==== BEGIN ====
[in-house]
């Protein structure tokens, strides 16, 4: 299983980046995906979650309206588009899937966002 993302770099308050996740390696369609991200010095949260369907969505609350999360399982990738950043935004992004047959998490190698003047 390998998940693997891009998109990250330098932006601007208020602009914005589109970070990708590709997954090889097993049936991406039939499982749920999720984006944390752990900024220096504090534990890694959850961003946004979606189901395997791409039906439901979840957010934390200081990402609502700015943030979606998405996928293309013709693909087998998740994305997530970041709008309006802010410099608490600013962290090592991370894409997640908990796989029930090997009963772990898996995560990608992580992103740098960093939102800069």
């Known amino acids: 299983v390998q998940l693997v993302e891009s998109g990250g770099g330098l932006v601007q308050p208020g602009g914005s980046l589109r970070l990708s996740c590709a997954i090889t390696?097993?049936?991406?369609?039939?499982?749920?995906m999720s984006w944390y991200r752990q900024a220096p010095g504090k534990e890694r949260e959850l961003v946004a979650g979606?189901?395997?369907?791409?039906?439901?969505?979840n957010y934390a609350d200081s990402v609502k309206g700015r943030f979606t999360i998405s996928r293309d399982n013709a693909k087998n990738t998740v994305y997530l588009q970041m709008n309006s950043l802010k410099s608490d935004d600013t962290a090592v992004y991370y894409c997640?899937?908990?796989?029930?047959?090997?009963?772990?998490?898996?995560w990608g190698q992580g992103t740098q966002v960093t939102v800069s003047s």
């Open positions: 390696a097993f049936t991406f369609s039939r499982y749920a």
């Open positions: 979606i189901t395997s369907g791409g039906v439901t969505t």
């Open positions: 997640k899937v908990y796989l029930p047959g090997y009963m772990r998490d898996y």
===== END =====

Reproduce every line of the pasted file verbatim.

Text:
[in-house]
């Protein structure tokens, strides 16, 4: 299983980046995906979650309206588009899937966002 993302770099308050996740390696369609991200010095949260369907969505609350999360399982990738950043935004992004047959998490190698003047 390998998940693997891009998109990250330098932006601007208020602009914005589109970070990708590709997954090889097993049936991406039939499982749920999720984006944390752990900024220096504090534990890694959850961003946004979606189901395997791409039906439901979840957010934390200081990402609502700015943030979606998405996928293309013709693909087998998740994305997530970041709008309006802010410099608490600013962290090592991370894409997640908990796989029930090997009963772990898996995560990608992580992103740098960093939102800069």
């Known amino acids: 299983v390998q998940l693997v993302e891009s998109g990250g770099g330098l932006v601007q308050p208020g602009g914005s980046l589109r970070l990708s996740c590709a997954i090889t390696?097993?049936?991406?369609?039939?499982?749920?995906m999720s984006w944390y991200r752990q900024a220096p010095g504090k534990e890694r949260e959850l961003v946004a979650g979606?189901?395997?369907?791409?039906?439901?969505?979840n957010y934390a609350d200081s990402v609502k309206g700015r943030f979606t999360i998405s996928r293309d399982n013709a693909k087998n990738t998740v994305y997530l588009q970041m709008n309006s950043l802010k410099s608490d935004d600013t962290a090592v992004y991370y894409c997640?899937?908990?796989?029930?047959?090997?009963?772990?998490?898996?995560w990608g190698q992580g992103t740098q966002v960093t939102v800069s003047s």
């Open positions: 390696a097993f049936t991406f369609s039939r499982y749920a």
């Open positions: 979606i189901t395997s369907g791409g039906v439901t969505t």
């Open positions: 997640k899937v908990y796989l029930p047959g090997y009963m772990r998490d898996y």